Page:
You have asked for an opinion on the following facts: You represent a pedestrian who was involved in an automobile accident when a car jumped the sidewalk and struck her as she was waiting for a bus. The automobile also hit two other pedestrians, a father and his son, while the daughter was an onlooker. These three pedestrians are represented by another law firm, since when the case came in the potential conflict was obvious. The father of the two children involved is a practicing lawyer who sent the case to you on the advice of the lawyer who is representing him.
Full policy limits of $100,000 have been paid, and there is disagreement between all the parties as to how the money should be divided. You have indicated that your client is more seriously injured than the other three plaintiffs. There is not enough money available to adequately compensate all four plaintiffs. The lawyer who represents the father/pedestrian/lawyer insists that his client is entitled to a referral fee from you with respect to your client's recovery. Your client has told you that she objects to any such payment. You ask if you could ethically pay such a referral fee.
Pennsylvania Rule of Professional Conduct 1.5e provides that:
(e) A lawyer shall not divide a fee for legal services with another lawyer who is not in the same firm unless:
1. The client is advised of and does not object to the participation of all the lawyers involved, and
2. The total fee of the lawyers is not illegal or clearly excessive for all legal service, they rendered the client.
Pennsylvania Rule of Professional Conduct 1.7b provides in part that:
(b) A lawyer shall not represent a client if the representation of that client may be materially limited by the lawyer's responsibilities to another client or to a third person, or by the lawyer's own interests, unless:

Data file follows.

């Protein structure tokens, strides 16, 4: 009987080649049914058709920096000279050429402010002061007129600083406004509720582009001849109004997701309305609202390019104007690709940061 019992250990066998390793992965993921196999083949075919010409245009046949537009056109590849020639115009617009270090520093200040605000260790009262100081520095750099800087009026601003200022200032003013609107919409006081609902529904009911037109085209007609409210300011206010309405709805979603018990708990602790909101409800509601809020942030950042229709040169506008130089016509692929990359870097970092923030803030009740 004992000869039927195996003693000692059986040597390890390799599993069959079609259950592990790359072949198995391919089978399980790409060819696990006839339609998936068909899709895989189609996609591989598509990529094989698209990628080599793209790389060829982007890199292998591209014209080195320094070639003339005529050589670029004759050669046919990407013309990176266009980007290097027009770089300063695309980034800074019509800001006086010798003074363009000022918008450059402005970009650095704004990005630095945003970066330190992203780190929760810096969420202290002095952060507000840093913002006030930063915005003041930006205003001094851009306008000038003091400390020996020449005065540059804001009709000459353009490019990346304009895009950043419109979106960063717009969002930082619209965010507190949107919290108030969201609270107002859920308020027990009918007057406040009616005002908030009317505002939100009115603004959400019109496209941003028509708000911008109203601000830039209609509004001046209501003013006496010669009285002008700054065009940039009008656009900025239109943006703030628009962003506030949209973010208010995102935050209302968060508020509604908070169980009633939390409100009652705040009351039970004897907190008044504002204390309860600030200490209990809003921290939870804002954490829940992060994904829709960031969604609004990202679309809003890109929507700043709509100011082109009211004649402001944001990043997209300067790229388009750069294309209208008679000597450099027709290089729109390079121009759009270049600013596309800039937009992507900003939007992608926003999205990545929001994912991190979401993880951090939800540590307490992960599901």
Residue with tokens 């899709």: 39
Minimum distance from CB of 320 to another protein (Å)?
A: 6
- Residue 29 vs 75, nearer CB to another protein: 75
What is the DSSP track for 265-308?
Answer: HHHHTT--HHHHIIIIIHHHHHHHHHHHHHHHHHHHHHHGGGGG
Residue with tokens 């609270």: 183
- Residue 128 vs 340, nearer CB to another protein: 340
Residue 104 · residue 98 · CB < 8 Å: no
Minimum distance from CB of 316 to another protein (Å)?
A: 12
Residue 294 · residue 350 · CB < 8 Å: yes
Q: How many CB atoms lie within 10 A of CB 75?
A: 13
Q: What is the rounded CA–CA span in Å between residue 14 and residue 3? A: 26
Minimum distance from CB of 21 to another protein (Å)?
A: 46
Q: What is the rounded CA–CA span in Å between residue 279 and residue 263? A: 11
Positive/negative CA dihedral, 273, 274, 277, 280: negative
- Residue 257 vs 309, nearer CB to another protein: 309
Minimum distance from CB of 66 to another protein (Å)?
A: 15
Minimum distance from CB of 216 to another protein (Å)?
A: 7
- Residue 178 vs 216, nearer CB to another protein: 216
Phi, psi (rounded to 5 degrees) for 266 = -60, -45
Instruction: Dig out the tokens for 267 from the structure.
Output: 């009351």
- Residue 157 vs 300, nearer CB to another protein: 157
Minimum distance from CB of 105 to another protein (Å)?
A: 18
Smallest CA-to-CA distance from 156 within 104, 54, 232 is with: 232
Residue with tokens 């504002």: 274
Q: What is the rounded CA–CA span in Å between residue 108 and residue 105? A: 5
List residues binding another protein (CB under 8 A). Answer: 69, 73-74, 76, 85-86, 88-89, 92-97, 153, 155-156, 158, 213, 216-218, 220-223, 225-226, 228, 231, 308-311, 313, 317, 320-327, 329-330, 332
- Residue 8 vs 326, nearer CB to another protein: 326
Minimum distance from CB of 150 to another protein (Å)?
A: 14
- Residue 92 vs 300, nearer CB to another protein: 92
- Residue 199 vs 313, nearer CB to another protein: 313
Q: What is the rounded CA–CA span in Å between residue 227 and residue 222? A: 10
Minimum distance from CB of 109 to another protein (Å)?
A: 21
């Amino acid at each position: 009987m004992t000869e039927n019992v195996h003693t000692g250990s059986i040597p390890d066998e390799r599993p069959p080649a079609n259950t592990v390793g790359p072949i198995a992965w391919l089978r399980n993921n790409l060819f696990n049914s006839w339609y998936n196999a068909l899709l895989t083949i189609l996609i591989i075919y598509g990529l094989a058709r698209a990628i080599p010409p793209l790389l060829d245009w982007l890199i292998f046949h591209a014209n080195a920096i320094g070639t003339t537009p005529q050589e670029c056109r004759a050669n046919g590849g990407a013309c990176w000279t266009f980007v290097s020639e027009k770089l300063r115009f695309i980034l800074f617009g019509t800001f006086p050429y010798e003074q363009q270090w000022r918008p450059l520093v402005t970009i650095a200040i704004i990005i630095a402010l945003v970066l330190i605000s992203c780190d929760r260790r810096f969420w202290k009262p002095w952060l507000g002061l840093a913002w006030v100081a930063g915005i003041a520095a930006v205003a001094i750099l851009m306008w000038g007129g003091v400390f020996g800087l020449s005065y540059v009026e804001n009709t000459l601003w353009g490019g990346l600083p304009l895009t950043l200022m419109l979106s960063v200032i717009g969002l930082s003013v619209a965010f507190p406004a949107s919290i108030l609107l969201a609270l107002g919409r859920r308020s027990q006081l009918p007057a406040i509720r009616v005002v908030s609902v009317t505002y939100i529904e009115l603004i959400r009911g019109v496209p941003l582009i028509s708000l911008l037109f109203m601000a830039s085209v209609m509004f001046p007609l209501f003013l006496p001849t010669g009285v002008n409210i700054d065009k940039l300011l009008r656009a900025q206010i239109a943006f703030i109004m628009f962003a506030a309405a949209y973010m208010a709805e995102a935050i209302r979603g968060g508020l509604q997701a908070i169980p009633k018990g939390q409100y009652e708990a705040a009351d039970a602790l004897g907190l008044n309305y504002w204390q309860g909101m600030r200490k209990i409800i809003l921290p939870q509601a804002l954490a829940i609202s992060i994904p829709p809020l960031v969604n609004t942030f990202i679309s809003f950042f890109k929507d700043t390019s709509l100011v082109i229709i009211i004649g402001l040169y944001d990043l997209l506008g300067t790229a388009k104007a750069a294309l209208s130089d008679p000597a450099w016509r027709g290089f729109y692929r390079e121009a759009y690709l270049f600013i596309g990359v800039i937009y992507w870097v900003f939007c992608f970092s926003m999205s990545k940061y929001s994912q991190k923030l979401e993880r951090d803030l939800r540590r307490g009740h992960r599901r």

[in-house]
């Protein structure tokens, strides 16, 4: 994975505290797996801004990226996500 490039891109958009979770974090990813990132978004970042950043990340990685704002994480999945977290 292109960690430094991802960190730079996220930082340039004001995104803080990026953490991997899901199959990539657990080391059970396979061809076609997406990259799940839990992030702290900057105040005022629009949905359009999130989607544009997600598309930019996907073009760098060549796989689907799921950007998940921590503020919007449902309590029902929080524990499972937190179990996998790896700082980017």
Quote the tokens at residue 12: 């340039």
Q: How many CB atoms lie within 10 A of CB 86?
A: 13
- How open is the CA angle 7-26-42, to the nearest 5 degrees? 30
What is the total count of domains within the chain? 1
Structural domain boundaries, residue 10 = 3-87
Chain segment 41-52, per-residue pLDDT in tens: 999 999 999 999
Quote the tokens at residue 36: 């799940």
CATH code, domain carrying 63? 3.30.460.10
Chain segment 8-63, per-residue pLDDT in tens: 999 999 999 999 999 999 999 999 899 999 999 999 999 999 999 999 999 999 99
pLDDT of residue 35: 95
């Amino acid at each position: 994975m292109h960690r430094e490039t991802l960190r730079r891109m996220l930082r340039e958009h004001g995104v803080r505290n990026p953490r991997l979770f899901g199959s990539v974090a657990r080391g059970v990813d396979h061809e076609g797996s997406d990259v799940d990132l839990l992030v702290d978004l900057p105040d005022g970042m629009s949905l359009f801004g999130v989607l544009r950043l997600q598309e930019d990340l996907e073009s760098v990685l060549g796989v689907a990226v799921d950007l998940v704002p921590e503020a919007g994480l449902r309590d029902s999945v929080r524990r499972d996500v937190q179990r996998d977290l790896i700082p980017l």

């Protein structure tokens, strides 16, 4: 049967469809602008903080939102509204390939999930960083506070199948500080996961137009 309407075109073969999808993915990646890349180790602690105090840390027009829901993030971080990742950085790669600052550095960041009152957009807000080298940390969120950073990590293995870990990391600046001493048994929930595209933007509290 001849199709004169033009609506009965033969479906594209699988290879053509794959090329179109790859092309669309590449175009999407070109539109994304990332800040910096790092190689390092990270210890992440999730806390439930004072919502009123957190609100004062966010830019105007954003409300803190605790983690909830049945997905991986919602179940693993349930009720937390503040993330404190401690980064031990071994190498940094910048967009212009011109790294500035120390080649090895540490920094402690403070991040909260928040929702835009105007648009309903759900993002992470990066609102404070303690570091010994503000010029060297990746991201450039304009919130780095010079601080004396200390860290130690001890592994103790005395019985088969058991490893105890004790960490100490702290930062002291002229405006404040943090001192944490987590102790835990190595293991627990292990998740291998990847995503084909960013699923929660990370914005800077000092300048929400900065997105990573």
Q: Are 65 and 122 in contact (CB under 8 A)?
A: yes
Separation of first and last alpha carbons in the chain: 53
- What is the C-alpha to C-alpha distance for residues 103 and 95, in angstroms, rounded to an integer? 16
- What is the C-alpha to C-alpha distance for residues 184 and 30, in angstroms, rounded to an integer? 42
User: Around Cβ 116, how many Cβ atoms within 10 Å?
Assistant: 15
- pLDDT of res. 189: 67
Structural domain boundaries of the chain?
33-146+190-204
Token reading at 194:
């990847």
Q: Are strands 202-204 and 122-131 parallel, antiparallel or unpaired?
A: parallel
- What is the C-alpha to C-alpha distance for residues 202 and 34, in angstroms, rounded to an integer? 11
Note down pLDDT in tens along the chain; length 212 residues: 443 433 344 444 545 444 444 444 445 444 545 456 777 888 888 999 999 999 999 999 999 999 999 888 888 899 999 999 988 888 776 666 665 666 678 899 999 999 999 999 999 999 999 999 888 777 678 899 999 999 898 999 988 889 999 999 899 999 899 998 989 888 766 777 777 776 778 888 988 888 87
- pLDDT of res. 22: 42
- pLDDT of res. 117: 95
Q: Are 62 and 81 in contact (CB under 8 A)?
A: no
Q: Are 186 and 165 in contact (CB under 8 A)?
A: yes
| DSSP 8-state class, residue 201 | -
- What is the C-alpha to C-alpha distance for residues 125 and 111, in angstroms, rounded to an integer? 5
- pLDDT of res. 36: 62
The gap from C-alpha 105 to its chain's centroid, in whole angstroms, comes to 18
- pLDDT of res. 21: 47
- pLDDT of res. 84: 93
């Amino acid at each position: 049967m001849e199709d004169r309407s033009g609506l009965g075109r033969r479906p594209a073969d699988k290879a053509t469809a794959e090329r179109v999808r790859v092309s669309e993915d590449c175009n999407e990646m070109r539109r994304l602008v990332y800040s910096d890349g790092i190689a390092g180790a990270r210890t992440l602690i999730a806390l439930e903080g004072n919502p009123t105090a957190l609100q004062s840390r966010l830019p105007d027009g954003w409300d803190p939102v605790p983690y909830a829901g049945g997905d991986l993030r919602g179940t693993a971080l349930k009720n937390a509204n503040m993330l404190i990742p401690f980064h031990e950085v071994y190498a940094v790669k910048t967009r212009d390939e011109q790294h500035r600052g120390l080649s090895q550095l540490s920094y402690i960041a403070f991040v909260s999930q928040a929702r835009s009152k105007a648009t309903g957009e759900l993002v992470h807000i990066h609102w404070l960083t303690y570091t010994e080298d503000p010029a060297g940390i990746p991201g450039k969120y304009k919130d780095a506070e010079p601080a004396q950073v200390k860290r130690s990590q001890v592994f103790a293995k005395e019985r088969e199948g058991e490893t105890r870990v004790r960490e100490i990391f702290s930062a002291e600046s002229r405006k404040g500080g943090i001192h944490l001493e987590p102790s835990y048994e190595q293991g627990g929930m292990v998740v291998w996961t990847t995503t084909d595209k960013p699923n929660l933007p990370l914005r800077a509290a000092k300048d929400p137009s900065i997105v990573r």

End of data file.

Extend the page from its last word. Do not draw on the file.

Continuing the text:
1. The lawyer reasonably believes the representation will not be adversely affected; and
2. The client consents after full disclosure and consultation....
The Committee is of the opinion that payment of a referral fee in this case would violate both Rules 1.5(e) and 1.7(b). As the client objects to payment of the referral fee, to proceed would violate Rule 1.5e1. However, to pay the fee in this situation would also constitute a violation of Rule 1.7b. Clearly, since there is an insufficient amount of money to adequately compensate all the parties, your client and the father are arguing over how much of that fund each shall have. If you are paying a referral fee to the father, you are in fact having allegiance to both your client and the father, who have adverse financial interests in the fund to be divided. Even if you are able to comply with Rule 1.7b(1) you nevertheless cannot comply with the requirement of Rule 1.7b(2) as your client objects to the payment of the referral fee.
As a collateral issue, the Committee notes that if there was no oral agreement for payment of a referral fee at the time the client was referred to you, there would appear to be no contractual basis upon which such a claim could be based.